I’m struck by how useful it is to use the Sufi term, the “Nafs” — how this both dignifies and makes object these must-be-reckoned-with dimensions of our experience.

    It is clarifying, deeply, in terms of the alchemical process through which the “third” or “fourth” force emerges in consciousness. How cool that this also grounds it in such a clear and simple methodology!

    (BTW, Cynthia, this also helps me to be clear that what I have been pointing to in my “Integral Soul Work” is the mystical dimensions of what you here are calling the voice of the Heart. And what you are calling Soul is what I have been calling Self.)

    So glad you have your favorite bag and hat!

    Love,
    Terry

    Reply
  8. Mo Riddiford
    Mo Riddiford says:

    Cynthia, I loved your detailed careful analysis of the competing selves. Great!
    But I’m also a man and a teacher, so we like to give advice.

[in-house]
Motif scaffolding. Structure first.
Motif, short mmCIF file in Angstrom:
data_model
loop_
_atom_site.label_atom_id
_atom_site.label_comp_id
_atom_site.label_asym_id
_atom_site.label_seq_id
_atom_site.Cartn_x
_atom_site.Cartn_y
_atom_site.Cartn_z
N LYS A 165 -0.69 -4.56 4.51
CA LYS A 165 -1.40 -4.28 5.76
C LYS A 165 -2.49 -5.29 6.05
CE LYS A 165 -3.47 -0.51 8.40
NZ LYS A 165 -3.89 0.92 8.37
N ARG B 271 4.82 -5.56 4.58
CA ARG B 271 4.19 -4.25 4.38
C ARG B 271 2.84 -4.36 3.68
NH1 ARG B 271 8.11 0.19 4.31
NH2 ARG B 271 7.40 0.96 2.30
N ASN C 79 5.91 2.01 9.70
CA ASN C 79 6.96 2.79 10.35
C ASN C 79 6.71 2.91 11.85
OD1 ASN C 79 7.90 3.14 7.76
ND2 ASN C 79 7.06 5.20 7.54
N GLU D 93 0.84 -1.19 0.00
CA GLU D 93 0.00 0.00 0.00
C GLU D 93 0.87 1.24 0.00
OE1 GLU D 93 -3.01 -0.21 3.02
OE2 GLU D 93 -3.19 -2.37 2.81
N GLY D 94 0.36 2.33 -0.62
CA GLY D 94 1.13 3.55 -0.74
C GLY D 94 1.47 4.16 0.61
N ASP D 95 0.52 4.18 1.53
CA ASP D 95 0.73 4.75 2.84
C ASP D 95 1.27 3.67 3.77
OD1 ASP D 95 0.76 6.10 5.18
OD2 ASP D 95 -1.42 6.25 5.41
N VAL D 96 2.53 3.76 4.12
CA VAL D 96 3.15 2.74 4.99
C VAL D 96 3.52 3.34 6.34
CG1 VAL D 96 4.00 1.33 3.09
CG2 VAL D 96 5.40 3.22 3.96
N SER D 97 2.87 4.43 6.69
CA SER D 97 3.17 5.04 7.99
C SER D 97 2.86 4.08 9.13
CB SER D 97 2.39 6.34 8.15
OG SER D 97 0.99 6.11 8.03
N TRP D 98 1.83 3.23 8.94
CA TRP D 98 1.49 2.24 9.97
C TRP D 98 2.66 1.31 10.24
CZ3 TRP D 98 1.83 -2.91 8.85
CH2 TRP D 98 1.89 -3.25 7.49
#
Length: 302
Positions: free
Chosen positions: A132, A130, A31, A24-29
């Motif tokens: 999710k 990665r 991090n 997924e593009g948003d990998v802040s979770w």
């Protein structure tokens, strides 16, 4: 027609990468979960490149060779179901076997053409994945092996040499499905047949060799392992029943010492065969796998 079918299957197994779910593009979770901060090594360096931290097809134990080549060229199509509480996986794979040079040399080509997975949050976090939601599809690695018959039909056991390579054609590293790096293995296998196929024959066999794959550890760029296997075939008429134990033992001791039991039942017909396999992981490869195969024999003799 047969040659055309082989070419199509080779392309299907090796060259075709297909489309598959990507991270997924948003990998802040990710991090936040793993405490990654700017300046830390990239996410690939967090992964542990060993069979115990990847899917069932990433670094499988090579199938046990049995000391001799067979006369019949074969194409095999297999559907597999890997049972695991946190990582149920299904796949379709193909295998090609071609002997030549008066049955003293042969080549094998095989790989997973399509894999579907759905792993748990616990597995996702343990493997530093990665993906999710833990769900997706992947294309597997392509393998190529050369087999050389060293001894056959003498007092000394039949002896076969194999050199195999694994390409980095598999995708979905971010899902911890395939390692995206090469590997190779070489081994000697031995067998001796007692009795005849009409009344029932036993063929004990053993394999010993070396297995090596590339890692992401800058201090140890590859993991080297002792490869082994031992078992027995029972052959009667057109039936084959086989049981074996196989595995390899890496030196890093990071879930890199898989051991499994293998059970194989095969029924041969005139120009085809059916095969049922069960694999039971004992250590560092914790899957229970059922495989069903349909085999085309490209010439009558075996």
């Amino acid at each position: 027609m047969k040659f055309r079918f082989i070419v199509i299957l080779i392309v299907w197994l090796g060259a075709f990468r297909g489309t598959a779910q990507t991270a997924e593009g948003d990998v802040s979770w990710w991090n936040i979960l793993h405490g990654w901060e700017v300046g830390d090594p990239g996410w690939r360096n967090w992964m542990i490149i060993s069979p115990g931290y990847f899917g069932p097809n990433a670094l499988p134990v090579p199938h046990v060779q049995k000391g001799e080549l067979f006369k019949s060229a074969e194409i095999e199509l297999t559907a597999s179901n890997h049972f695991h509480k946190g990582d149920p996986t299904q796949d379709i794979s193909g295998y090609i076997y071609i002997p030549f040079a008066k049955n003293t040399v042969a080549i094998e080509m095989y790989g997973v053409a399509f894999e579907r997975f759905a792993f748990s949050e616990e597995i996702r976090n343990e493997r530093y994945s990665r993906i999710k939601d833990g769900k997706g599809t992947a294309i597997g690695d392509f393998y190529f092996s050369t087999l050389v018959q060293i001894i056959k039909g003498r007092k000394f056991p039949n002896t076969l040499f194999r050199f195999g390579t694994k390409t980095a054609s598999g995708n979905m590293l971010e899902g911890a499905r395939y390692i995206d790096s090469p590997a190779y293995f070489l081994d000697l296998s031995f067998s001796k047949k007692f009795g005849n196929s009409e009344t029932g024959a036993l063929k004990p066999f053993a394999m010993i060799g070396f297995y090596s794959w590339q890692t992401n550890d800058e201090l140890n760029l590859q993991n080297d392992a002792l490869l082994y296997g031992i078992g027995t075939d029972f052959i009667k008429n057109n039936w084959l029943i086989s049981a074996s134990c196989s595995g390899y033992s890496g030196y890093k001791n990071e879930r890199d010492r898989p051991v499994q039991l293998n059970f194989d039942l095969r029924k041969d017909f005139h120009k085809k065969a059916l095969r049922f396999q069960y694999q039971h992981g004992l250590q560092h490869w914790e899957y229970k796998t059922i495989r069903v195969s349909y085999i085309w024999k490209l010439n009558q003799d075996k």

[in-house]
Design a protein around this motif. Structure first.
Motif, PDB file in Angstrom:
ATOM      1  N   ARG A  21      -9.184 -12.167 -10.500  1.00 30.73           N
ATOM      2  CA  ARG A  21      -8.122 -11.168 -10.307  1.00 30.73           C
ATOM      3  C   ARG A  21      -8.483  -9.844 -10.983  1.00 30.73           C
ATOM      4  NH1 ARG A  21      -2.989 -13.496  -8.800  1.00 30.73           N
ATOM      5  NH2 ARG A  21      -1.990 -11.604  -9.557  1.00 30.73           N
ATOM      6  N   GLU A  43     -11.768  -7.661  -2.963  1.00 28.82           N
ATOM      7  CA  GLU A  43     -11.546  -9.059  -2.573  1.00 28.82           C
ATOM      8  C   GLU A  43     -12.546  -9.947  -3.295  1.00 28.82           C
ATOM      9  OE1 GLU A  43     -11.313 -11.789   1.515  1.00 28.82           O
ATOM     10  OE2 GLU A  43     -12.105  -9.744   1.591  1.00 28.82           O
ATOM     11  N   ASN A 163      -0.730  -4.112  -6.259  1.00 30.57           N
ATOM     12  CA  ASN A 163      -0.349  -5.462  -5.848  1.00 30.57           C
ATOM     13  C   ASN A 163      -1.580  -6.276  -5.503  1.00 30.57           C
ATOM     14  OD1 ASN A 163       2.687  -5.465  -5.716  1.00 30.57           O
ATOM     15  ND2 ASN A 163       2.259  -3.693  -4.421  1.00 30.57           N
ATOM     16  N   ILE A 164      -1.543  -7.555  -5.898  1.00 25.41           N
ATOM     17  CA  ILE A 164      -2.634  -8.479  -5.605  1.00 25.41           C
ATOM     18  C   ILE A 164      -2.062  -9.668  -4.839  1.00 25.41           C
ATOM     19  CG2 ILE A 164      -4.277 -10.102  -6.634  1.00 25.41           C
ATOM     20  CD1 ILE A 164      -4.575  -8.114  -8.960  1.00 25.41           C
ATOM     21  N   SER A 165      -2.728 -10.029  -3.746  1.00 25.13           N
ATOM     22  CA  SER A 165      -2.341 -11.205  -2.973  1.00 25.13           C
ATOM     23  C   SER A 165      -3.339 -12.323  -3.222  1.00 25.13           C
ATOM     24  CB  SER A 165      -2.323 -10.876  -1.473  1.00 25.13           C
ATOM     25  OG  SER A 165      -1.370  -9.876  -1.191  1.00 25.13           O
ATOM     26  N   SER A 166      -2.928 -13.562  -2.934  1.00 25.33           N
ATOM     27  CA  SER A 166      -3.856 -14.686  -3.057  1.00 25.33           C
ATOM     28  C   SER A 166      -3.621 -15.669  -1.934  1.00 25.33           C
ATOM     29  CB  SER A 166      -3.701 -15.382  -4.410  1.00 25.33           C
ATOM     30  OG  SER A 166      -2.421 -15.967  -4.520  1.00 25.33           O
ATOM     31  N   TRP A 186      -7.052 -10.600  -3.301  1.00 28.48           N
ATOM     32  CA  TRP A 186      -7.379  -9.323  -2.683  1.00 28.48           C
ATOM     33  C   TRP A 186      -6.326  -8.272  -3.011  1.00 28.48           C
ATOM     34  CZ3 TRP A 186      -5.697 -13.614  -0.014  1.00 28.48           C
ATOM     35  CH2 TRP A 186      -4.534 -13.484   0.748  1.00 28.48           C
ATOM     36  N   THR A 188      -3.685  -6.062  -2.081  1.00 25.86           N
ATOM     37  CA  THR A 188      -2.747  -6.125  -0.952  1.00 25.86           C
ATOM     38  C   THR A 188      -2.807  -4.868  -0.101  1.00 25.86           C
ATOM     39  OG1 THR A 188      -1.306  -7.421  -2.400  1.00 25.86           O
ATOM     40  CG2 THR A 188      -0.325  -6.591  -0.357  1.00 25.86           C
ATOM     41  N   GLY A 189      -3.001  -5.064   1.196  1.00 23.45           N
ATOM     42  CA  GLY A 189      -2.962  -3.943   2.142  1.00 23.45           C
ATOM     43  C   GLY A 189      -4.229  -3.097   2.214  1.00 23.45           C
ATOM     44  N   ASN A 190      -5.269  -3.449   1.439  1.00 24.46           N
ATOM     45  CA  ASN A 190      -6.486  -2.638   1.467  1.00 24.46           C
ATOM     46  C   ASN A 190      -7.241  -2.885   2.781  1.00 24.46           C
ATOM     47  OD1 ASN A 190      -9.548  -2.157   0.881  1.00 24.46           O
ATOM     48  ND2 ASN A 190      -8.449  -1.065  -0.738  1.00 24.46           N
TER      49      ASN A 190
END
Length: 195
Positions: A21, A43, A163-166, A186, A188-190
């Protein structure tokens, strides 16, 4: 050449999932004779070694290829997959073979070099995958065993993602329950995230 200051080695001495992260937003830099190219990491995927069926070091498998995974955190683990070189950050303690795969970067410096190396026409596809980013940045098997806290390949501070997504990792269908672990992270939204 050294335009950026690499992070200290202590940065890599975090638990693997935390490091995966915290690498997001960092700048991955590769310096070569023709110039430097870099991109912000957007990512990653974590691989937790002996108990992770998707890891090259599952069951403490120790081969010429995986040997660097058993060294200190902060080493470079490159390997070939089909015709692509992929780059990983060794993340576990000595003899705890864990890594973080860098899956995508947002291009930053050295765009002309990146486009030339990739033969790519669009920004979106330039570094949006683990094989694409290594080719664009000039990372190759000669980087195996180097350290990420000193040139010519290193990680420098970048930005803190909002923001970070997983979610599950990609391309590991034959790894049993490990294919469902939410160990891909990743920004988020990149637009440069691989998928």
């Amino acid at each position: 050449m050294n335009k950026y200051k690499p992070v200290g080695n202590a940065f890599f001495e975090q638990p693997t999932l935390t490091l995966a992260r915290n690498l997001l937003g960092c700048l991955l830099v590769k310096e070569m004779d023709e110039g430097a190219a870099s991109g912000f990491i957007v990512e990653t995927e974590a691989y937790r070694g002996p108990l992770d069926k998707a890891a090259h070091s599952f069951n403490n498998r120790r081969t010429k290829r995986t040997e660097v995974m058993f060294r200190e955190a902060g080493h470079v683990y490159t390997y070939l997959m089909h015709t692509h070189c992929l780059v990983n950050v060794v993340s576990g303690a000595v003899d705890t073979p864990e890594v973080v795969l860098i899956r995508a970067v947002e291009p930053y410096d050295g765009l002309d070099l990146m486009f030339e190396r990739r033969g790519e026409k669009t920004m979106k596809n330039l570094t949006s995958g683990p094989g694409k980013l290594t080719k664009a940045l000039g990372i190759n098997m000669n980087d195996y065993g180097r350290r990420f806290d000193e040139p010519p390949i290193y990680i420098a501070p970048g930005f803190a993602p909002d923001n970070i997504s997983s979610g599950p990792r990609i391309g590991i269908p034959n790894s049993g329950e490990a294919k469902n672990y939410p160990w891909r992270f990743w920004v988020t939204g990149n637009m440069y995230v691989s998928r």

So digitise your notes and get them online!
    Like yesterday.
    A smartphone and Evernote is all you need.

    Reply
  9. Kathy
    Kathy says:

    Thank you, Matthew and Cynthia!
    A model formula. Very handy indeed and exquisitely presented….
    Thank you…Love, Kathy

    Reply
  10. Kathleen Skilton
    Kathleen Skilton says:

    Despite all the ‘exterior’ trauma – what was delivered, was truly beautiful …. We were bathed in love, insights, understanding with a profoundly touching and clear energy! I am still absorbing the beauty of the 5 days – thank you Cynthia for giving us so much! Blessings and love xx Kati

    Reply
  11. Anna Lin
    Anna Lin says:

    Dear Cynthia,

    Thank you so much for this gift to teach us of your “four voices” used as your method of discernment.
    I was one of those clamoring to hear more after your interview with Terry Patten. This calms my relentless ponderings to discriminate between soul, spirit, and heart. I am grateful to have a new tool for making wise choices. And I’m grateful for all of your teachings to add to that wisdom as well.
    (in my humble attempt to be wise) 🙂
    So glad to hear your bag has been found.

    With grateful love ~ Anna Lin

    Reply
  12. Jennifer
    Jennifer says:

    I have some sense of inner relief knowing that you have a Nafs voice that is at least a first cousin to mine…if not a doppelgänger. 🙂 A very helpful map.

    Reply
  13. Mark Dolan
    Mark Dolan says: